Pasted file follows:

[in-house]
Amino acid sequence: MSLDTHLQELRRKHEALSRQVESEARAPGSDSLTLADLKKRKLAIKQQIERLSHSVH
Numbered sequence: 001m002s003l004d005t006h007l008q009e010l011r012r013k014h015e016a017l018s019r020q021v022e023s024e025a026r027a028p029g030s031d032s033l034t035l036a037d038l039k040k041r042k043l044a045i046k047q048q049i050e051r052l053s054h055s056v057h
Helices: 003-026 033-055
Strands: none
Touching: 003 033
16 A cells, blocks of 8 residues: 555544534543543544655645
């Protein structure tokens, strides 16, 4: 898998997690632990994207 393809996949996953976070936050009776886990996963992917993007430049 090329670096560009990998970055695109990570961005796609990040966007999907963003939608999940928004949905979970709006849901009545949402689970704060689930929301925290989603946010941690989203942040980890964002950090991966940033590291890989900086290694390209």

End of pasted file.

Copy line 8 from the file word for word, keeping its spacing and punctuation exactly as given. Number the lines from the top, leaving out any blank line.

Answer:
């Protein structure tokens, strides 16, 4: 898998997690632990994207 393809996949996953976070936050009776886990996963992917993007430049 090329670096560009990998970055695109990570961005796609990040966007999907963003939608999940928004949905979970709006849901009545949402689970704060689930929301925290989603946010941690989203942040980890964002950090991966940033590291890989900086290694390209």